“I don’t understand at all,” he said.

    “I know, but if you stepped back in the hall of the hotel, you would be there at the same time you left. This room does not recognize time and never will.

    “So that explains your youth.”

    “Yes, one more thing. If you like I will open the door to the hall if you fear.”

    “Can I ask you a question?”


    “Will you kiss me again?”

    1. ReathaThomasOakley

      Kerry, you can find romance, and a beautiful story, in Hell’s Kitchen or orbiting in space. And, you transport us there week after week. Please don’t ever stop.

  21. gingerkim

    whenever I felt overly stressed and overwhelmed I’d reach for my phone. I’d pick out the MYRoom app and put in the code #137. Whatever happened stops for a while. I’d close my eyes and wake up to a white room with fluffy pillows in blue, lots of windows with birds chirping. The sounds of Mozart pealing out from my Echo Dot. There would be plenty of sharpened pencils and at least 5 drawing pads. I could draw, think about, cry, and angst till I got it out of my system. When I am finished, I would reach for phone and dial #188 in the code to be brought back to the same situation, just with a better mood. Thanks, Dr. Nye for hooking me up.

  22. Denise G. Monello

    Hidden beneath the church were many rooms to choose. My eyes searched to find the right one–the one with the large, wooden door.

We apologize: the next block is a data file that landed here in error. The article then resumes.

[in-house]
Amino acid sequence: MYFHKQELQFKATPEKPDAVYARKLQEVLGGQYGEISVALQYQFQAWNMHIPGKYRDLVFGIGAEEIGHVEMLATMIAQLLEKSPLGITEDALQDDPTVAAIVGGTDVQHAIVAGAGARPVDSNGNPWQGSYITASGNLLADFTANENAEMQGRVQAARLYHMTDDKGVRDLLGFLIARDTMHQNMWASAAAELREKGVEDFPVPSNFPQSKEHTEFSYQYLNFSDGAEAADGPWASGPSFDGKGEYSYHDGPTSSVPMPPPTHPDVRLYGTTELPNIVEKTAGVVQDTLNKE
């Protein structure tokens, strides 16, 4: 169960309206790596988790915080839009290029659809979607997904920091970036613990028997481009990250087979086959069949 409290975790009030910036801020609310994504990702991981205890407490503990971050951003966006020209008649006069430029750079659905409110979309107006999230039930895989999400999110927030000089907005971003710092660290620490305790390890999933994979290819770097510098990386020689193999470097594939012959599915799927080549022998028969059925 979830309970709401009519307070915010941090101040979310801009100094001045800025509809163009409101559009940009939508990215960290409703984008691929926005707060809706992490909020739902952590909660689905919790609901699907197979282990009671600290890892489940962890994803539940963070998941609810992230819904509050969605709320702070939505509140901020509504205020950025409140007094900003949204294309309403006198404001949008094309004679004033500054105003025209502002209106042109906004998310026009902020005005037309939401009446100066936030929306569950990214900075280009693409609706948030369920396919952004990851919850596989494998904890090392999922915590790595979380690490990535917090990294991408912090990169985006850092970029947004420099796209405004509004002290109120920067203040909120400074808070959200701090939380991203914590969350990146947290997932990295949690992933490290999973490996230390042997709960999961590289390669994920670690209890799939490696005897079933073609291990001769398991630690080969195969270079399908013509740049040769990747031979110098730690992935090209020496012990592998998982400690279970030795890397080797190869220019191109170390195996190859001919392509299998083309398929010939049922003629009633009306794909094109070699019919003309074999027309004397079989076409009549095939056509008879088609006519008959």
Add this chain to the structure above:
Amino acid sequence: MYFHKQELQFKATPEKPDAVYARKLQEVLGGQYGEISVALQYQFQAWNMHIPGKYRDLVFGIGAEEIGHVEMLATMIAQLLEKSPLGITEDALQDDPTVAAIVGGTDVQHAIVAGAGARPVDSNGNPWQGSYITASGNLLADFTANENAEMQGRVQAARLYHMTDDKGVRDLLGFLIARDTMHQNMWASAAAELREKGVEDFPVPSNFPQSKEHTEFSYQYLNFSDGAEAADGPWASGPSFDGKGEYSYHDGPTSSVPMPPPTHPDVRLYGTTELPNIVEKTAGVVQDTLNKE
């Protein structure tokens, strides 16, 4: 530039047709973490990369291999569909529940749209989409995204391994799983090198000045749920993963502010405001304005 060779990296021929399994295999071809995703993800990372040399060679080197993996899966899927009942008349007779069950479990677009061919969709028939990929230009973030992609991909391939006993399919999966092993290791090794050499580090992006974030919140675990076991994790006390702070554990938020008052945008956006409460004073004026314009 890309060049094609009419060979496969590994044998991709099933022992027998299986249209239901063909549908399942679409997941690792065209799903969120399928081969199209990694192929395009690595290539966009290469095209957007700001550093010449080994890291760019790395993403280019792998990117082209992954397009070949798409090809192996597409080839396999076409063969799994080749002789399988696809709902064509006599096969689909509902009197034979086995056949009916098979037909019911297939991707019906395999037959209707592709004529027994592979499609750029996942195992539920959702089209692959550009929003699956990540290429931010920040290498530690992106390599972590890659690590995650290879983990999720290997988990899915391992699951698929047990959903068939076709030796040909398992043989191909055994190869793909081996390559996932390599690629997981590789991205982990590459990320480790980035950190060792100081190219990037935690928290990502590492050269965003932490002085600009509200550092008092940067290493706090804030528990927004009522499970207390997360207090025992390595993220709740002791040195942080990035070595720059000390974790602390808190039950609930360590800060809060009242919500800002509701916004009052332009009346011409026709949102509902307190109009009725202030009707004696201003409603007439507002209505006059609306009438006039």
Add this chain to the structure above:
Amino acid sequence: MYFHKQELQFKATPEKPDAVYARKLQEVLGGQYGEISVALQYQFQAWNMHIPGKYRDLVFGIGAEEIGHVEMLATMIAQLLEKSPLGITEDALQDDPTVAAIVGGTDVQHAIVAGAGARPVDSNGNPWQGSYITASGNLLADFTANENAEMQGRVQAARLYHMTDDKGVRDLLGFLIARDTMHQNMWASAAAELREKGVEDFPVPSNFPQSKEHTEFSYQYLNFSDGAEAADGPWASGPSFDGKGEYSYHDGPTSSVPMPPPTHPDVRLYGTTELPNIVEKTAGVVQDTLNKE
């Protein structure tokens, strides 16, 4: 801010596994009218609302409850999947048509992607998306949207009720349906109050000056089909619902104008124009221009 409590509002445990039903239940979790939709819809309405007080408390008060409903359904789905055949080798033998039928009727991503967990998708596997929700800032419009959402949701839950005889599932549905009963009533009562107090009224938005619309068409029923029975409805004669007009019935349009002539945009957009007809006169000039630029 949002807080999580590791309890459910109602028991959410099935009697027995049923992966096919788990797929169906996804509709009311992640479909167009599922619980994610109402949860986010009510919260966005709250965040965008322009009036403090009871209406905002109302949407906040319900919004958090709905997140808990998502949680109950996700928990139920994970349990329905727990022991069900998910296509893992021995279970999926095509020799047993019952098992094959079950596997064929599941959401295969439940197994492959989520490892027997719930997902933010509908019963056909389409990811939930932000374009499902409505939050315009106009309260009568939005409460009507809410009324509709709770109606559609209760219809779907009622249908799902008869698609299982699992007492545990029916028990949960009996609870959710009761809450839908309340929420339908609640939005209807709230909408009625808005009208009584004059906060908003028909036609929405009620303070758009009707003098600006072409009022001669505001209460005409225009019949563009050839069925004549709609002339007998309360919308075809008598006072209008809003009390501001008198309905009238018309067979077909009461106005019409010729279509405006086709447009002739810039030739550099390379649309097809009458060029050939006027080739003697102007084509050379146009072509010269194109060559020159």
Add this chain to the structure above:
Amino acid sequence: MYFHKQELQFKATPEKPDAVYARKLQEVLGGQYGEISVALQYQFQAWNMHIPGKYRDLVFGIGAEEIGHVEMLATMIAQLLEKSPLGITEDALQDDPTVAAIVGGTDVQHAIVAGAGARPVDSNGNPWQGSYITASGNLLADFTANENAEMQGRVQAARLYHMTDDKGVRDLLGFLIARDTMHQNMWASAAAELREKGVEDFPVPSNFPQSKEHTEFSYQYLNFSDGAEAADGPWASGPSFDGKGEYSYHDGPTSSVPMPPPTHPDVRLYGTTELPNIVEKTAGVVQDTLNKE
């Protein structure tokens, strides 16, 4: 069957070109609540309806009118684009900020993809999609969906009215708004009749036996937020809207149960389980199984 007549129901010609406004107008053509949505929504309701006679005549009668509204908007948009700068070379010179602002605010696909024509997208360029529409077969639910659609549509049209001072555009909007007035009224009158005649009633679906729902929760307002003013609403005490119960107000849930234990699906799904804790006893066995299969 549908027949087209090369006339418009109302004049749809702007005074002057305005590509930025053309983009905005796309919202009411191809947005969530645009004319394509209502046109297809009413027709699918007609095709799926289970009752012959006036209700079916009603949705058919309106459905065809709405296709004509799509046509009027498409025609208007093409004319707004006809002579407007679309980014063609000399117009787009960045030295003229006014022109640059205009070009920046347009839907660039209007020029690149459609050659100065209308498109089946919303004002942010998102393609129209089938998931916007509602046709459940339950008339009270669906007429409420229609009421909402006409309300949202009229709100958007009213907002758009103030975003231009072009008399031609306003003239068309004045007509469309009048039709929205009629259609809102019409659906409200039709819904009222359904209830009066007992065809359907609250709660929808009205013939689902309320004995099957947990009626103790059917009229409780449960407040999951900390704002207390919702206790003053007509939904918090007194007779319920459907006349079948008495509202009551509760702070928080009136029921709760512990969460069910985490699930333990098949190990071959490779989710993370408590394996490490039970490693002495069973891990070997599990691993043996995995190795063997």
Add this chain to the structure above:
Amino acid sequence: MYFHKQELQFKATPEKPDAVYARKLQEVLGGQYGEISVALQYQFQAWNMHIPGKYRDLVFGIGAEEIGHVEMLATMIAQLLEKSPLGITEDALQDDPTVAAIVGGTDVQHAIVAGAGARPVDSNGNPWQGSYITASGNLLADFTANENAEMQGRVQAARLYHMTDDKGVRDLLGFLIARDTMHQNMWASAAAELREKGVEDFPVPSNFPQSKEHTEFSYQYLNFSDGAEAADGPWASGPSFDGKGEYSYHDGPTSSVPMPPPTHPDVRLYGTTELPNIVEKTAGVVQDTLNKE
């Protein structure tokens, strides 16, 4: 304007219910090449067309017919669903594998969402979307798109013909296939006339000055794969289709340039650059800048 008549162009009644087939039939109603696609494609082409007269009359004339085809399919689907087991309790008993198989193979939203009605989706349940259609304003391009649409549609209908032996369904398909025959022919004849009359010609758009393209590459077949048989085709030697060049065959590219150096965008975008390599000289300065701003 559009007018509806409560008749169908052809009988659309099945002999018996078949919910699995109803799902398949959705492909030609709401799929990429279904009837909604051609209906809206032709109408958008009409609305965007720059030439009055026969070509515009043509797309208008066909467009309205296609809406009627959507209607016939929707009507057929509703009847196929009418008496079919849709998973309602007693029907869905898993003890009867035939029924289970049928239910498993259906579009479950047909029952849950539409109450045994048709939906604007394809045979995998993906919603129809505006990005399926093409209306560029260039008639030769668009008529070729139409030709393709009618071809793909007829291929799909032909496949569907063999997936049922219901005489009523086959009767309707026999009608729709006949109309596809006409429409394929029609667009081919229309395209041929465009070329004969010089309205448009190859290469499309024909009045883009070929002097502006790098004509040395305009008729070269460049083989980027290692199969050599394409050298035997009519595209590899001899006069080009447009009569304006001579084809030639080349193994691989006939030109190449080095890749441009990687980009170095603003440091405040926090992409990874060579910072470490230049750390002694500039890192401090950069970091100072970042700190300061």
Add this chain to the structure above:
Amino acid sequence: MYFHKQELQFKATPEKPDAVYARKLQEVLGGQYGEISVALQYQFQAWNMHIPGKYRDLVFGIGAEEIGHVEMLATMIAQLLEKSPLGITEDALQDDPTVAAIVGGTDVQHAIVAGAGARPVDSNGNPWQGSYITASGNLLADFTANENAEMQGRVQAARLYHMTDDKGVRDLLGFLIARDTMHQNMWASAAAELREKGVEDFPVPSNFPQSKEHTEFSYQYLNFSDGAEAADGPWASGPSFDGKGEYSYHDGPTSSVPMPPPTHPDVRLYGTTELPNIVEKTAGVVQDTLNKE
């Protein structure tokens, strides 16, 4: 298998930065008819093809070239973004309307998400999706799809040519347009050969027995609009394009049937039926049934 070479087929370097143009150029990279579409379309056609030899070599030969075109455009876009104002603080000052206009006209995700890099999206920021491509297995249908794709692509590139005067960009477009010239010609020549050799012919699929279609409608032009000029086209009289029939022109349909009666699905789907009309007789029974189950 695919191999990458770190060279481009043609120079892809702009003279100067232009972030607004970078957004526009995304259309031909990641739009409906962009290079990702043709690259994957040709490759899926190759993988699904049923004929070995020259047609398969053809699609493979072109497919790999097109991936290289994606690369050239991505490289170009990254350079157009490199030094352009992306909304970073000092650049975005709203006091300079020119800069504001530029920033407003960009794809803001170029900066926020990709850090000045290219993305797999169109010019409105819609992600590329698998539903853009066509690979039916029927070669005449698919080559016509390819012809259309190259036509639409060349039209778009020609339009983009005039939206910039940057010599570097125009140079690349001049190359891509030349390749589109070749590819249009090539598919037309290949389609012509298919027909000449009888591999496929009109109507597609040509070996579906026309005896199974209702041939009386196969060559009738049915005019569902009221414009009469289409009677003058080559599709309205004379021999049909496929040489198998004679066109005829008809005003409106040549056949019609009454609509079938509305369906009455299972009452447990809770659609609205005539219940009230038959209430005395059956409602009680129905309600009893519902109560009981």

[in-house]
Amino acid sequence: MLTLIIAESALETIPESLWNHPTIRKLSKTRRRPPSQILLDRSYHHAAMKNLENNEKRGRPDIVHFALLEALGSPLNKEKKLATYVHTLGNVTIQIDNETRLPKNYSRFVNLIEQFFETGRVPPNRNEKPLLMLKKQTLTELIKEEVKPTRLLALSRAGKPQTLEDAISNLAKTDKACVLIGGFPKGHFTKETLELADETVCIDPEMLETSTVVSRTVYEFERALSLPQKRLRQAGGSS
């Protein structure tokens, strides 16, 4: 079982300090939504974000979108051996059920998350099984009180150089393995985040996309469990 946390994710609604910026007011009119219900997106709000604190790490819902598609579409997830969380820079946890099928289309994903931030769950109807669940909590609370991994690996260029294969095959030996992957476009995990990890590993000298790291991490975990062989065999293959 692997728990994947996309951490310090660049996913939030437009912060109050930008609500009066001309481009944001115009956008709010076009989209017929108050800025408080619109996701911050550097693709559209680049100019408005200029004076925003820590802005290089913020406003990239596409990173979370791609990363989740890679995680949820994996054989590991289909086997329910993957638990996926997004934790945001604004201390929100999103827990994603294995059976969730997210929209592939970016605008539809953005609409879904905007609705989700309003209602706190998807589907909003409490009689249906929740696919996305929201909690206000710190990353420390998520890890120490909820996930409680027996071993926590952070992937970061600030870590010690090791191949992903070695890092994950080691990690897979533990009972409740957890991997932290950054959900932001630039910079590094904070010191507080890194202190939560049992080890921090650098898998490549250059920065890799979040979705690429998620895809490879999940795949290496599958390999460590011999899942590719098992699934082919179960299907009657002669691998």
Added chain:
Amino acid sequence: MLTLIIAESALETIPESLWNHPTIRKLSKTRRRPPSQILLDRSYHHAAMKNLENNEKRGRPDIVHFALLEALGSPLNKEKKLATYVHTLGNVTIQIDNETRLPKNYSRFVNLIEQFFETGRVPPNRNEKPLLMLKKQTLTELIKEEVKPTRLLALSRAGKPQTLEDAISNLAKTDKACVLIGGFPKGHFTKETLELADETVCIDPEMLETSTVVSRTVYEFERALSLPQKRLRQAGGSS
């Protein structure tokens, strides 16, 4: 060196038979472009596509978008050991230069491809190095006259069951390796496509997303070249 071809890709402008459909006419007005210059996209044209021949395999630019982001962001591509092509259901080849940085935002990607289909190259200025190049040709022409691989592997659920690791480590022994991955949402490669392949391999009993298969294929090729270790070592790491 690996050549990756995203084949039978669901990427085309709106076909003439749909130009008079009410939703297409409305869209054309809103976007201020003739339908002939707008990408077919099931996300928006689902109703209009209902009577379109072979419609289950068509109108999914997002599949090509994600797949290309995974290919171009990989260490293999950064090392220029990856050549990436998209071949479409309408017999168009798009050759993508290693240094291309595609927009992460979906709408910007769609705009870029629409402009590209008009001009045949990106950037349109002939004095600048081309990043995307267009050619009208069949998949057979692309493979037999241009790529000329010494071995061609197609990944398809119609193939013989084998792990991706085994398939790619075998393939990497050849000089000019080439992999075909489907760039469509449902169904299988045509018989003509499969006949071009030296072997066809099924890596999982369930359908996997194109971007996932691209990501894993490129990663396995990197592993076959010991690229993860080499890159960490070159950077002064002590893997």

“Over here,” my husband Bill shouted.

    My head snapped in the direction of his voice. I cautiously approached and placed my hands on the surface, studying every scratch, chip, and dent–picturing the anguish faced by each person who entered before me. I felt the warmth nestled between the grains of wood–absorbed from the anxious bodies of its visitors.

    I turned to Bill. “I’m going in.”

    “You’re ridiculous. What’s a “Remembering Room” going to do? Have you got amnesia or something?”

    Tears filled my eyes. Bill didn’t understand my desperation. He didn’t get it. He never would. Life was different for him. I wanted to go back to remember what the busyness of life stole from me–the good memories. I wanted to remember what I missed from being overwhelmed, exhausted from yelling–always on the go. I needed to see my three little children again. My three little kids that I rushed through their lives so I could selfishly have normalcy in my life. I don’t want to recall bits and pieces or smile aimlessly when the kids reminisce. It must be forefront in my mind, so it’s always there to see.

    “Deb, the kids are adults, have lives of their own. We have grandchildren–and we’re still young enough to enjoy them. Deb–be happy with that. You were a good mother, and there were plenty of good days with them. There had to be. Look how great the kids turned out.”